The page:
What We Did on Our Holiday REVIEW



'WHAT WE DID ON OUR HOLIDAYS'

What We Did on Our Holiday could also be known as How I Exposed My Dysfunctional Family to the Horrible Truth of Who They Actually Are.

We all have that uncle or aunty in the family, we can own up to our fair share of dysfunction, some more than others. Family behaving badly is something we can all recognise. Just remember the last extended family event, maybe a milestone birthday, maybe a funeral? After all, it’s within the safety of family that we can be ourselves, isn’t it?

Not so in this film.



What We Did on Our Holiday is a tale of two brothers, Doug (David Tennant) and Gavin (Ben Miller), reuniting with their families for dad’s (Billy Connolly) birthday. Connolly’s Gordy McLeod is the ageing and ailing but wise patriarch of a family in disarray. A family that is totally going off the rails in an orgy of destruction, a family that won’t admit it to anyone – let alone themselves. The game of normality is played by all, that is except for Gordy and Doug’s three kids. They see right through the bullshit with a clarity that may just save the day.

Doug, his wife Abi (Rosamund Pike) and the kids travel up from London to Gavin’s Scottish home, where Gordy also lives. The journey is of stress and strain. This family, on their last legs, separated with imminent divorce, can barely be civil for more than a few minutes. Their uniting mission is to pretend that they are a happy family and to keep the rest of the family from knowing of the separation.

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Gavin and his family are no role models either. Gavin is a control freak and his wife (Celia Imrie) and son are suffering massively under his regime. While she goes mad, he becomes so stifled he has no personality left. When the two families collide it is a recipe for disaster, but it’s also very fertile comedic ground, especially when seen through the eyes of the children and Grandpa. Herein lies the magic of this film.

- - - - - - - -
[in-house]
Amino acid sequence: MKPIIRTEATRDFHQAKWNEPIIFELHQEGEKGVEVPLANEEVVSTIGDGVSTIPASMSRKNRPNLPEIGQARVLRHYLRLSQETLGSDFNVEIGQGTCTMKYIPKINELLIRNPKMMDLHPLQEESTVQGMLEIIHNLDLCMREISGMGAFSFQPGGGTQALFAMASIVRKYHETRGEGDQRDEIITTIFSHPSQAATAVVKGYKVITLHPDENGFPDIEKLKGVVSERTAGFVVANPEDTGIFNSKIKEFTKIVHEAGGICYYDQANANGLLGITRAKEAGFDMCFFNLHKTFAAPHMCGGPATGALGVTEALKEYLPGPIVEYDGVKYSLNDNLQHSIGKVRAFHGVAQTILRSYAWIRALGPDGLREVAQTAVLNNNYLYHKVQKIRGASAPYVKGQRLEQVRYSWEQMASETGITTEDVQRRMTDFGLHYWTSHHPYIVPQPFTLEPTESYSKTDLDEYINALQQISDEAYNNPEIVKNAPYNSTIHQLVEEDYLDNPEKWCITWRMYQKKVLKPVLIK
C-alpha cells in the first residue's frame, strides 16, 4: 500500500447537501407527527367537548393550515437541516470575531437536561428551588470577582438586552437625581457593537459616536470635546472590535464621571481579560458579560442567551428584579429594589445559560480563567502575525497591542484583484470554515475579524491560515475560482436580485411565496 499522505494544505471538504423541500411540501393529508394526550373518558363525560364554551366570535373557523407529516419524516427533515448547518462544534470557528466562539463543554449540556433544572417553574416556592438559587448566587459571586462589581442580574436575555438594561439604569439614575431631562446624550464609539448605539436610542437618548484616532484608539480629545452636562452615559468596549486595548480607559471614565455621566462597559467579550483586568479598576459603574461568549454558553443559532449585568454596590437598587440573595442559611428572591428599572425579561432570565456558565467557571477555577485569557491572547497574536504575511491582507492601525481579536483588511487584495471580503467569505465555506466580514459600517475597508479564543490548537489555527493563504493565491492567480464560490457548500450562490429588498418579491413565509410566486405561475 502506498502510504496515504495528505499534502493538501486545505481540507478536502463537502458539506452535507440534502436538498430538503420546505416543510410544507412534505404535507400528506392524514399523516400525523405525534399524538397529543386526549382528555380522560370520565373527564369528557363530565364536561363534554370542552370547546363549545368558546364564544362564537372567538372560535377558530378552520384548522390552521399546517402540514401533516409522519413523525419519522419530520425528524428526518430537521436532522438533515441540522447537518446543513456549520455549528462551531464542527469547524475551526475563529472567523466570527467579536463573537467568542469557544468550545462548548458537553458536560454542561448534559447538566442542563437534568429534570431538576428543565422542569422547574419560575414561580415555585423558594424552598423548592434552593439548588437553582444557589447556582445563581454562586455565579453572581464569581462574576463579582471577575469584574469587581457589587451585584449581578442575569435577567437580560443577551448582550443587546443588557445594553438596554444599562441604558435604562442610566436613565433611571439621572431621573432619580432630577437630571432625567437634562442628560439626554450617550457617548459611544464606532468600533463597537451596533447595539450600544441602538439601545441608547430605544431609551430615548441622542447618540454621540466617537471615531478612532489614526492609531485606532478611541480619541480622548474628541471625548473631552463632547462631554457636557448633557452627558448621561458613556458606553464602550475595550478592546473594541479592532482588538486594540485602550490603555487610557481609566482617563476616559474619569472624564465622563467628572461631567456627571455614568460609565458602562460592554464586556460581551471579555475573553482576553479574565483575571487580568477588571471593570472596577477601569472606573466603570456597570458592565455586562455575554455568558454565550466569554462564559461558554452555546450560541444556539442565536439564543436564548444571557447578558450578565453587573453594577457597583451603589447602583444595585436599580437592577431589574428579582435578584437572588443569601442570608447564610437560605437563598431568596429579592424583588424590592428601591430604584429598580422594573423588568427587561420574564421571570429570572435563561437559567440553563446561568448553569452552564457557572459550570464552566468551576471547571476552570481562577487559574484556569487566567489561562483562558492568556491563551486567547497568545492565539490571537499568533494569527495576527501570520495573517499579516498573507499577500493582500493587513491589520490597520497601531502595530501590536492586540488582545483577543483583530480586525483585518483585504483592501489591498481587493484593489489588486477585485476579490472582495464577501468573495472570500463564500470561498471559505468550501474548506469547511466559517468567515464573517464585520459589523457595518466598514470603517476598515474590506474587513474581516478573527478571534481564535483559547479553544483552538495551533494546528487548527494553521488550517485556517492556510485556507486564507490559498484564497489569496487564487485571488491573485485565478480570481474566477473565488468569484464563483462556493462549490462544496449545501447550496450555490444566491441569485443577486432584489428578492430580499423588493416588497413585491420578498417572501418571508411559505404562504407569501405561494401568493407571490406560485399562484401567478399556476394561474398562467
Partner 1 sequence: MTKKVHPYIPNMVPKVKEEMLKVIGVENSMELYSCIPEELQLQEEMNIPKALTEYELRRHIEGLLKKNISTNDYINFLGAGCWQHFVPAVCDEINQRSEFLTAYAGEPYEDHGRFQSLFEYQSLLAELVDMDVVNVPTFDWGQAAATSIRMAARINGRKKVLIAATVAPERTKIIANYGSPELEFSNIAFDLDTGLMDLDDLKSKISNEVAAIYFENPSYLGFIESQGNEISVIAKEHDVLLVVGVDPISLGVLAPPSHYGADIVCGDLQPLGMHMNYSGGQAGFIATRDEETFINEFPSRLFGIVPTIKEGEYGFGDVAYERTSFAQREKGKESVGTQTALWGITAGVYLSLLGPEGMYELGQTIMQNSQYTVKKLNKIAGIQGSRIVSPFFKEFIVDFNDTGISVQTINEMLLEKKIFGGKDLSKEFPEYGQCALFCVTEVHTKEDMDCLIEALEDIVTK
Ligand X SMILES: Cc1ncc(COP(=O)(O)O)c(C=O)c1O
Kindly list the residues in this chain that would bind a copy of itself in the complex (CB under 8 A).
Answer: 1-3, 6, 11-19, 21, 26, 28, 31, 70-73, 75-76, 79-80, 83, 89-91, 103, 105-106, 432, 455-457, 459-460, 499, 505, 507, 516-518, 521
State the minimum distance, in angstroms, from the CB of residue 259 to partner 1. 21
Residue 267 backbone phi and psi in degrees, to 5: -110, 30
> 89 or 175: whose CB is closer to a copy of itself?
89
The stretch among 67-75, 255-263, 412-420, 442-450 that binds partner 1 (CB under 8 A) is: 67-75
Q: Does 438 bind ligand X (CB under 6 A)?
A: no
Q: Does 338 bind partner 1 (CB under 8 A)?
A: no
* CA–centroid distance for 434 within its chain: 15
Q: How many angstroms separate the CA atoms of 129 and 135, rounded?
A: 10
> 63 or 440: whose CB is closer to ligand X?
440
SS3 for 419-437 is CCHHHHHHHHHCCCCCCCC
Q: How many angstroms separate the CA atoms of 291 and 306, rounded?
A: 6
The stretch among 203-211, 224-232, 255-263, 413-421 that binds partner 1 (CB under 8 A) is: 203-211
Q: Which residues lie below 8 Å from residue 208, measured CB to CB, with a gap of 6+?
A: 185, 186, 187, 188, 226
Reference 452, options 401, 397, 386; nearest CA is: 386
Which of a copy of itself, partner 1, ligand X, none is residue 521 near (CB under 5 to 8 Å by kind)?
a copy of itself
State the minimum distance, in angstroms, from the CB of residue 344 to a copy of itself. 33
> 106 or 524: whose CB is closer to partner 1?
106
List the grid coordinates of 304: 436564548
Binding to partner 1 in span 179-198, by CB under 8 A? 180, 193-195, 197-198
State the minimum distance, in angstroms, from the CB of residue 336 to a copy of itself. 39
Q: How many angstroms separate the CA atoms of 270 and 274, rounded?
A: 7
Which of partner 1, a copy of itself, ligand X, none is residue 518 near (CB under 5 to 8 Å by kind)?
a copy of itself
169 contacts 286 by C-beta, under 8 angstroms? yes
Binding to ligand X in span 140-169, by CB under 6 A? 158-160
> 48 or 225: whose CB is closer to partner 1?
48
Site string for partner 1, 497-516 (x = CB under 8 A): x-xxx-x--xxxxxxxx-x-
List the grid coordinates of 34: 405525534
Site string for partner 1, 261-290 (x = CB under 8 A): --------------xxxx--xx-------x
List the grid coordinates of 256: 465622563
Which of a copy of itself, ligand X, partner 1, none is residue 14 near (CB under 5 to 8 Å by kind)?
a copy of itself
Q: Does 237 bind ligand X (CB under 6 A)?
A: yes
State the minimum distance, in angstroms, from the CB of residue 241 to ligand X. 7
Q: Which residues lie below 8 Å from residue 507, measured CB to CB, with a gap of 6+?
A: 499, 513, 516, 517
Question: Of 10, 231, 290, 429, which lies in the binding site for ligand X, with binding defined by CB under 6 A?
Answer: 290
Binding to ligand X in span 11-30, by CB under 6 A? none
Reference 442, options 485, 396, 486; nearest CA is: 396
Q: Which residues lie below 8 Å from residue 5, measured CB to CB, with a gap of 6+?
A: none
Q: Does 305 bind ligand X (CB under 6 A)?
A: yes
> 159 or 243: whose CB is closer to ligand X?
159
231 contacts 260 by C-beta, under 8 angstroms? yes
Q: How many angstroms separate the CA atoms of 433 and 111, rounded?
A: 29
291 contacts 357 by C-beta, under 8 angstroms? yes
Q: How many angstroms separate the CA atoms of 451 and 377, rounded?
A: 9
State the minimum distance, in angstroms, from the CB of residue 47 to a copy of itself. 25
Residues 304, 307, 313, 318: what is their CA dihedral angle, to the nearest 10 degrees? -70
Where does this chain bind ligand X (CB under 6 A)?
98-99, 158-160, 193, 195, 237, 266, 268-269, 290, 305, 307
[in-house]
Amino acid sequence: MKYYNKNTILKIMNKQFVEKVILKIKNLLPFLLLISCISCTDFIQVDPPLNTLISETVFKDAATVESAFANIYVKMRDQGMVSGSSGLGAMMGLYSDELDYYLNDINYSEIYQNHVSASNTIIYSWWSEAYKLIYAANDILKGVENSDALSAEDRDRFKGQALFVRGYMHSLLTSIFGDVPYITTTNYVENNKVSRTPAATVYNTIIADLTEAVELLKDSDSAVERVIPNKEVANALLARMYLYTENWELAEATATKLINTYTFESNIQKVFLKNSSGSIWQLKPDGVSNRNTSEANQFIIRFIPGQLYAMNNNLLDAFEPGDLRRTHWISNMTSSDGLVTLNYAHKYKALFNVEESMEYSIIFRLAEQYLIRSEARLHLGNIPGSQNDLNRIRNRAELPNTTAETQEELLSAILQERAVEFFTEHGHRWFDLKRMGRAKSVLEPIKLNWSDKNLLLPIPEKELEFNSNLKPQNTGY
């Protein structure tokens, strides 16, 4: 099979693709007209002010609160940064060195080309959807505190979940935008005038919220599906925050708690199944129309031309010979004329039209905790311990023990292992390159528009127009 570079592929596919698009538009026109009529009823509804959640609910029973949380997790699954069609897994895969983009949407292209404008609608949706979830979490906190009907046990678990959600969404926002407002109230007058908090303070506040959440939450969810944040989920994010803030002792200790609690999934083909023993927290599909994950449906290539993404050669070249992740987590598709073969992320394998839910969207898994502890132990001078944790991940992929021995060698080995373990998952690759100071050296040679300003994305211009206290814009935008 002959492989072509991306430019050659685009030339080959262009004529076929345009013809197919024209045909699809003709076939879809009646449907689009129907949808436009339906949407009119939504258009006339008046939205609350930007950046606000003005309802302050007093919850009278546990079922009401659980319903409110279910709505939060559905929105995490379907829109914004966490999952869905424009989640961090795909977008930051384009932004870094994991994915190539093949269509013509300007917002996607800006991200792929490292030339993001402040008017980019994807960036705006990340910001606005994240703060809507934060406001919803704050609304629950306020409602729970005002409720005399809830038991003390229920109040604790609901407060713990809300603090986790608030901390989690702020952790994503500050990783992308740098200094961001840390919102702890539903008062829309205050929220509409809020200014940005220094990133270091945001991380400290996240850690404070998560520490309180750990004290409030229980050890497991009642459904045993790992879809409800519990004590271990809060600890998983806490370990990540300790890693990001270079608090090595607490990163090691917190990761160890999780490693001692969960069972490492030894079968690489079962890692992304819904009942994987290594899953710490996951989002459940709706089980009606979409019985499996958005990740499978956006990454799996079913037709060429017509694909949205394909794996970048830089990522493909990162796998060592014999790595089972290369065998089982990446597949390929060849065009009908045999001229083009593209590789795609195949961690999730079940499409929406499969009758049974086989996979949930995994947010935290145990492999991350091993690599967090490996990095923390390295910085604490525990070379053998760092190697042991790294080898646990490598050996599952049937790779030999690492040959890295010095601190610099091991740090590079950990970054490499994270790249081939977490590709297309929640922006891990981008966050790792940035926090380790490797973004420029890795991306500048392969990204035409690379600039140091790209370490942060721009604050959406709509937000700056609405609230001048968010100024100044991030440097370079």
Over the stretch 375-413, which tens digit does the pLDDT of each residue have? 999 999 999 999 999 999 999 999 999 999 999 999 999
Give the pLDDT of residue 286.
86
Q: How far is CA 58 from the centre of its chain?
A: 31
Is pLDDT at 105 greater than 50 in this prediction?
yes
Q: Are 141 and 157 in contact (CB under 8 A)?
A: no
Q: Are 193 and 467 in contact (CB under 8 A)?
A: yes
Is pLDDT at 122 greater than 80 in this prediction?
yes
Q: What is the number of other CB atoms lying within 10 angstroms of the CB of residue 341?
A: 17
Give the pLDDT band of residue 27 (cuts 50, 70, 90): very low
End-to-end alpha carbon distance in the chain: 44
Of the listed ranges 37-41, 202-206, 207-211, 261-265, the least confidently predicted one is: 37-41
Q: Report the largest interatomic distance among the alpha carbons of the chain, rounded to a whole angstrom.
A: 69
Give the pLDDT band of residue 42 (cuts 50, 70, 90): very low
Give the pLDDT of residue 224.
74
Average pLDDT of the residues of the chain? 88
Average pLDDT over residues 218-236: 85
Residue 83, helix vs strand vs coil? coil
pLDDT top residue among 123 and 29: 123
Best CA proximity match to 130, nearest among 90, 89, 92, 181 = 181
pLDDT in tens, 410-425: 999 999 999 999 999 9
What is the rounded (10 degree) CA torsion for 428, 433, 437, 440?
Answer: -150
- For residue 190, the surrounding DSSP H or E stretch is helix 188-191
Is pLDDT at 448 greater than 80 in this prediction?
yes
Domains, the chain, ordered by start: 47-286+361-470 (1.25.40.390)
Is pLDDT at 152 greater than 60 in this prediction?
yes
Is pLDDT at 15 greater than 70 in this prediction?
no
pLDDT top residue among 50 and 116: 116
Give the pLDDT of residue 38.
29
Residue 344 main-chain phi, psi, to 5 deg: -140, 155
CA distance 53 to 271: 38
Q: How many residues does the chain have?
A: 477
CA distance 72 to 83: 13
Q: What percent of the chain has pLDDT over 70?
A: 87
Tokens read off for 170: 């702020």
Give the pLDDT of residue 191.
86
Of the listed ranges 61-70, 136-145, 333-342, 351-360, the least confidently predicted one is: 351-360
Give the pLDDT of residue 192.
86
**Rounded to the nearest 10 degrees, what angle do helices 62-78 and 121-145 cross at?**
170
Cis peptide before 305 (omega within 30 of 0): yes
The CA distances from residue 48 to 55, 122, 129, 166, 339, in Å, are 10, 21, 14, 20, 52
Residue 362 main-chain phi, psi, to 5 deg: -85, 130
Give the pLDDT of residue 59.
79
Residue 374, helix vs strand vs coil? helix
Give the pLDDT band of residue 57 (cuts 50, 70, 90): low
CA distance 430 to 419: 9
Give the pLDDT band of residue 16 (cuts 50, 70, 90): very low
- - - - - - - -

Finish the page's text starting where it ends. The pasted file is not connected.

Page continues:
It becomes clear that all Gordy wants is some respect and dignity in his twilight years and that he is getting neither in large doses. He doesn’t want the fancy, 200-plus guests, soiree that Gavin so desperately needs in order to maintain his social status. He doesn’t want to engage in the lies and charades of younger son Doug’s pathetic attempt to portray a happy marriage just before it self-implodes.

Enter his young grandchildren stage right. They listen to him, they respect him, they speak the truth and they defy their age with wit and insight. Together they set off on an adventure, leaving the adults to the final preparations of the big party.

Magnificent Scottish landscapes benefit from Martin Hawkins’ beautiful cinematography, whilst the witty screenplay ensures it provides many, many belly laughs.

'WHAT WE DID ON OUR HOLIDAYS'

Directors-writers Andy Hamilton and Guy Jenkin were behind a hit BBC comedy series titled Outnumbered, and it was in this format that they developed a method of improvisation for children’s dialogue. They have used this same method to produce a very tight, sharp and witty tale that, like all good comedy, shines a spotlight on the darker side of our lives.

The kids in this film carry the torch; they are a knock out! Ultimately, the plot highlights them as the adults, the sensible ones who see it and tell it how it is. They steal the show and are gently nudged on by Connolly. The likes of young Emilia Jones, Bobby Smalldridge and Harriet Turnbull all hold their own and shine amongst a very strong adult cast. They aim to play young children in a broken family, and they nail it with magnificence.

Connolly can be a bit overbearing and dominant, but here he plays his role with a soft hand and a restraint that earns him respect. He is still very funny, but he downplays it just right, allowing the kids to excel.

What We Did on Our Holiday is a funny, feel-good movie for the whole family, even if the family dysfunction can often be quite cruel and harsh. While the ending is a little too soft and cushy for its own good, the film is more about the journey than the destination. Great performances, a witty script, magnificent landscapes and some food for thought add up to a worthwhile outing.

THE REEL SCORE: 7/10

– M.R.